The Early Years Foundation Stage at St Joseph's includes children from the age of 2 to 5 in the governor-led preschool and Reception class. The two settings work closely together with the same philosophy and aims to ensure all children have a good start to their education in the school.
At St Joseph’s Catholic Primary School, we recognise the importance of Early Years education in providing the essential foundation for all future learning. We acknowledge that play is a powerful medium for learning and that in the Early Years children learn best through well planned play both indoors and outdoors, which will result in them learning with enjoyment and challenge.
In addition to the whole school aims and objectives, the Early Years at St Joseph’s aim to provide children with:
- A happy and secure learning environment, where children become confident and independent learners.
- Space and time to learn through quality structured play, which is creative and challenging
- Specific learning experiences which build on what children know, and can do
- The skills, knowledge and attitudes to achieve the Early learning Goals by the end of the year in which they are 5
The Development Matters Documentation and The Statutory Framework for the Early Years Foundation Stage (DfE) are used to provide a framework for the Early Years Curriculum. These are incorporated into the whole school long-term plans and policies for each subject. This ensures continuity and progression as well as providing a foundation for Key Stage One of the National Curriculum.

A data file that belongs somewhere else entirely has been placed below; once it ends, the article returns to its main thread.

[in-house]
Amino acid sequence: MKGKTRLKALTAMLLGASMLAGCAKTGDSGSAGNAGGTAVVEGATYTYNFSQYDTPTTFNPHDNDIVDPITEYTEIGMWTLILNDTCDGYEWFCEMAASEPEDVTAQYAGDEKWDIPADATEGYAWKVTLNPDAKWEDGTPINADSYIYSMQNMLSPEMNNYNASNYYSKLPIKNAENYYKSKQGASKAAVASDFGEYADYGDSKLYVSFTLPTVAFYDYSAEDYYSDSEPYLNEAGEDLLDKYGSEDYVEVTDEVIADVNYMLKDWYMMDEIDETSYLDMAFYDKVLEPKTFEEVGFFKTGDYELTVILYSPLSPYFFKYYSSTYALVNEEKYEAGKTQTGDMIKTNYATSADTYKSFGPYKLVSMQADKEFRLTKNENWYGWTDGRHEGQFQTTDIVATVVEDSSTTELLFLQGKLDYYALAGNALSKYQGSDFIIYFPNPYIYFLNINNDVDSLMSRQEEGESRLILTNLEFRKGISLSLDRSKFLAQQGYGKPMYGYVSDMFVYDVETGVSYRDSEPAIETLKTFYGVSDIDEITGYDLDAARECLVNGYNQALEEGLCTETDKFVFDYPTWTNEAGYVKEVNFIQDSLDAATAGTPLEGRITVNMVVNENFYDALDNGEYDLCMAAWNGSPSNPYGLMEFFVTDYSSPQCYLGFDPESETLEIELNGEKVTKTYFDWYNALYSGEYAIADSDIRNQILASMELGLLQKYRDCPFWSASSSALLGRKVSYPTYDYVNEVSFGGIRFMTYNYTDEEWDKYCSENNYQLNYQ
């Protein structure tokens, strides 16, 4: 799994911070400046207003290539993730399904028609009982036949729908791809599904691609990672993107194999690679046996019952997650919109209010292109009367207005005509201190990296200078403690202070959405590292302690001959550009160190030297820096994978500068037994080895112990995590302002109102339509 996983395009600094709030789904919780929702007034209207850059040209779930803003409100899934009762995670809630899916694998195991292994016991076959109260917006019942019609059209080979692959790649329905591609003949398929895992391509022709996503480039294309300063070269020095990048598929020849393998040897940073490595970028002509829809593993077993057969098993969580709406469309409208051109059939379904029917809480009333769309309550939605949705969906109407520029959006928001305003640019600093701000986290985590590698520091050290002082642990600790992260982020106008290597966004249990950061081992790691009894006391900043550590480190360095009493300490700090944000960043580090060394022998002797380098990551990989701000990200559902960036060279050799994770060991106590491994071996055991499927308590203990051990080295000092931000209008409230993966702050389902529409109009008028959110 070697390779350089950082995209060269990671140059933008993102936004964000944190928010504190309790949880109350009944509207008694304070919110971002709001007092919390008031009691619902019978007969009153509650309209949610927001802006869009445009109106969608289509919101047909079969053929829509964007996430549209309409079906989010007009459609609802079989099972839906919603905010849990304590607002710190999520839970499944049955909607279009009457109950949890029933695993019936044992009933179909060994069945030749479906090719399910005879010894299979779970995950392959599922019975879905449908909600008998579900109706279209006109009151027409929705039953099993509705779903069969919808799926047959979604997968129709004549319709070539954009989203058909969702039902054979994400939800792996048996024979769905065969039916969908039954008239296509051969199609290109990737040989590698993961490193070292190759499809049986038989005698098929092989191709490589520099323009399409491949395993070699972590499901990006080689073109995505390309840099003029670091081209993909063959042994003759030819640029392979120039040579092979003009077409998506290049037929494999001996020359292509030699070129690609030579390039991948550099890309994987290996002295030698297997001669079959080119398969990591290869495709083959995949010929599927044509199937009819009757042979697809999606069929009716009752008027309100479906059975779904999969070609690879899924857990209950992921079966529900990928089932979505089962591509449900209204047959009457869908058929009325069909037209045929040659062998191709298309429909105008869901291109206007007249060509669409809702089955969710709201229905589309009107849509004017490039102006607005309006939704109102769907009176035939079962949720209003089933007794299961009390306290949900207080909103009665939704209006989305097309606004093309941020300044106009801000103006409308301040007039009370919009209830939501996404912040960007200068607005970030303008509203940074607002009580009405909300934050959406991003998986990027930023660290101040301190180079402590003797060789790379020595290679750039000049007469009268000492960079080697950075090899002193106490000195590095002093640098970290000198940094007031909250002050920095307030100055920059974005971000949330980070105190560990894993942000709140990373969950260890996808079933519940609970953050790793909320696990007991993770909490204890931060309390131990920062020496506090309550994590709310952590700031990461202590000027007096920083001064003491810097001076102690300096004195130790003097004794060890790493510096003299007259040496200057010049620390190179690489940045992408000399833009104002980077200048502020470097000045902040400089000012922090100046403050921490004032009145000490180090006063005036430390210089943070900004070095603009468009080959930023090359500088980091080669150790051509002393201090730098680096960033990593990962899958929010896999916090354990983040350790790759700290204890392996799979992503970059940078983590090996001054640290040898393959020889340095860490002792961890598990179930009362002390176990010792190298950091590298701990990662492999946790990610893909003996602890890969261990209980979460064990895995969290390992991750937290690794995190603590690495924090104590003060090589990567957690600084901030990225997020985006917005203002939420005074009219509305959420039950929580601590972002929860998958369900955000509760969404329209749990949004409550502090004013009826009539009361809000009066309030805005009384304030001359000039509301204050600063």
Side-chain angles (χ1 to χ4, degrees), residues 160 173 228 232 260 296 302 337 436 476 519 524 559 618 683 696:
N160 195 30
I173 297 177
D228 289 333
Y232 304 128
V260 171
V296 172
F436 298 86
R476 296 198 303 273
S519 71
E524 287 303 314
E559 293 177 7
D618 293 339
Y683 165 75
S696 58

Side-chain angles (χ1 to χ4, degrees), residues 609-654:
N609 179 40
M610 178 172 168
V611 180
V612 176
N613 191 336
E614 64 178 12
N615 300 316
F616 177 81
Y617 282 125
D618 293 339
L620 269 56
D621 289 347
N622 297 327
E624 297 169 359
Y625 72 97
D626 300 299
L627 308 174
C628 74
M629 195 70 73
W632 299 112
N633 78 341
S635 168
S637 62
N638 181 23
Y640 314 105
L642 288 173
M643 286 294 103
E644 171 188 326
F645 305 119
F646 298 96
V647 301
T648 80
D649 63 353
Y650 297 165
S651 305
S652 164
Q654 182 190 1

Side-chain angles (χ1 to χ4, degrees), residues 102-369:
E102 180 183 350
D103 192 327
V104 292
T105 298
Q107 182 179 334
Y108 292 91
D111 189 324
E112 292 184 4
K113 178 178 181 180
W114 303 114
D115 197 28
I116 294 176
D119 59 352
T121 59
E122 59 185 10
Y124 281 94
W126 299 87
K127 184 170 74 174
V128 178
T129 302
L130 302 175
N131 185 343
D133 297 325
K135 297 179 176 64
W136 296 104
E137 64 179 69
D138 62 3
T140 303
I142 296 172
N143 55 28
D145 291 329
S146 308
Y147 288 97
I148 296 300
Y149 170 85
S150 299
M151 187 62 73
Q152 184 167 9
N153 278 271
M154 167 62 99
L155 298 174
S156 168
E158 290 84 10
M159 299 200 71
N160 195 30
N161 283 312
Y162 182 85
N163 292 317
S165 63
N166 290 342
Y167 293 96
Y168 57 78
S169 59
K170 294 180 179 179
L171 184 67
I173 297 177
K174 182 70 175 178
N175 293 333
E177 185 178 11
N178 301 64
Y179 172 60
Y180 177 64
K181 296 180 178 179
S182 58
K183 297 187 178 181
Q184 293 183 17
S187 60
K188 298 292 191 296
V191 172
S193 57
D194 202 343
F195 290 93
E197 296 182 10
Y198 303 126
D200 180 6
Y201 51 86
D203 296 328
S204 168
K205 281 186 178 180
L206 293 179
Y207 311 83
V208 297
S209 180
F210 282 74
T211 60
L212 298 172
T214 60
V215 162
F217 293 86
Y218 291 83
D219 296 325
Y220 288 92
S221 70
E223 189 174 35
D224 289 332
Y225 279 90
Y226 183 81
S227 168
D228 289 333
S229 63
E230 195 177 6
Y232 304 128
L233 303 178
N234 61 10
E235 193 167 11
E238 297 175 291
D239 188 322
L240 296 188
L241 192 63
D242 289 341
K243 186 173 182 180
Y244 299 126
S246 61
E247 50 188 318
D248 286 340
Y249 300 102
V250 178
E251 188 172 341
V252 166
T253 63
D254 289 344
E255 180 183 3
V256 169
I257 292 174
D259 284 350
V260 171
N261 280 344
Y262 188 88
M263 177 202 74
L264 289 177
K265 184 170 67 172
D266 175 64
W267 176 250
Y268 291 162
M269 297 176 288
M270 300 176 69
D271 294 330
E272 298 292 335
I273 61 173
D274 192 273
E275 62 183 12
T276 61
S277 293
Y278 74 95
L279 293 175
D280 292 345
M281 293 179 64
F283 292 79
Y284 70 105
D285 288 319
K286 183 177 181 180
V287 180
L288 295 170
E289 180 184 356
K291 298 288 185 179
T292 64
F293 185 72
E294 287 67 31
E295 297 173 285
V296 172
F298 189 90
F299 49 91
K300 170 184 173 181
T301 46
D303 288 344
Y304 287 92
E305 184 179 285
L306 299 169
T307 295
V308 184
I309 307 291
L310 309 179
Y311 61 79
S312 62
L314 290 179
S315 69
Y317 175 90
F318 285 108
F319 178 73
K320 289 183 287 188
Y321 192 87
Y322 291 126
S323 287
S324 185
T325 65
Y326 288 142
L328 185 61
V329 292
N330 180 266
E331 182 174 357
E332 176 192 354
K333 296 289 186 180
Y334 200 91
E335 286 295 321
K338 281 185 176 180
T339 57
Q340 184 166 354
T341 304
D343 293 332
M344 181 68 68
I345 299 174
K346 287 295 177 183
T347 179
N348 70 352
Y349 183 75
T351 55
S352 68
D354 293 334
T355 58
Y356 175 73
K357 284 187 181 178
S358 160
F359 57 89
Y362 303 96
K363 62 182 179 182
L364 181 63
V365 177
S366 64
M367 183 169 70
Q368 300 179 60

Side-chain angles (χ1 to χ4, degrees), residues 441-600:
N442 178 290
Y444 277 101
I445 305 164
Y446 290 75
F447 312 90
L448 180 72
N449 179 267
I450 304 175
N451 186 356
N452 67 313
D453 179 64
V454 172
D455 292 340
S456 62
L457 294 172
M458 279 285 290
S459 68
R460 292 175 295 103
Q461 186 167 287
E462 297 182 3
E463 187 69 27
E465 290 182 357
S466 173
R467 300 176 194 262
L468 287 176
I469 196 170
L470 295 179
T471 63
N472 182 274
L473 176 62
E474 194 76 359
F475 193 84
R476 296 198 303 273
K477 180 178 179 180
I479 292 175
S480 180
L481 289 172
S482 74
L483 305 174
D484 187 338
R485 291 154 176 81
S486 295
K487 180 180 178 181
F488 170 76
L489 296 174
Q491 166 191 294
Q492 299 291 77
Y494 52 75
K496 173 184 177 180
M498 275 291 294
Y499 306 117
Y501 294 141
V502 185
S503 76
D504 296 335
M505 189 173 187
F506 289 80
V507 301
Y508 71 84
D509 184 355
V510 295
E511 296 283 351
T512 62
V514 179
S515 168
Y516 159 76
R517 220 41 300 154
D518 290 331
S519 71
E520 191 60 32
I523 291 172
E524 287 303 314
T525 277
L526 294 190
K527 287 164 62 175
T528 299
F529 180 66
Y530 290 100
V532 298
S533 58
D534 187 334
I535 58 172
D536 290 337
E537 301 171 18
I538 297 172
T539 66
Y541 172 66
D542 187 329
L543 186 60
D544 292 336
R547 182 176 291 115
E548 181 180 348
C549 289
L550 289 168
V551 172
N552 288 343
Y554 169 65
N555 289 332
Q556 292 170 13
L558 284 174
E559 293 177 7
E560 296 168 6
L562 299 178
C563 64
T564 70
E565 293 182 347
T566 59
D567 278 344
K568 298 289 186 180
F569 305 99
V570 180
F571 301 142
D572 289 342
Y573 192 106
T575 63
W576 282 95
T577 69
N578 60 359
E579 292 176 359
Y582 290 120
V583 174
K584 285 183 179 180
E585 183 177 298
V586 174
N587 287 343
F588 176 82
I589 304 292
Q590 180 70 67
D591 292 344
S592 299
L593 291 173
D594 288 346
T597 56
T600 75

The Early Years Curriculum is planned under the headings of the Foundation Stage. The 7 Areas of Learning and Experience are:
- Personal, Social and Emotional Development
- Communication and Language
- Physical Development
- Understanding the World
- Expressive Arts and Design
All these areas are promoted through use of both indoor and outdoor classrooms as highlighted in the planning. Whenever possible, and appropriate, children’s learning will be through first hand experience and/ or structured play activities with plenty of opportunities for children to talk about what they discover and what they are being taught.
More about the Early Years curriculum
Personal, Social and Emotional Development
This area focuses on children learning to work, play, build relationships, co-operate with others and function as a group beyond the family. Aspects of Personal, Social and Emotional Development are constantly promoted across the curriculum as well as in specific activities, circle times and discussions, so that children can develop a positive sense of themselves and of others: respect for others; social skills and a positive disposition to learn. We aim to establish opportunities for play and learning that acknowledge children’s particular religious beliefs and cultural backgrounds.
When a child’s personal, social and emotional needs are met, learning can take place in other curriculum areas.
Communication and Language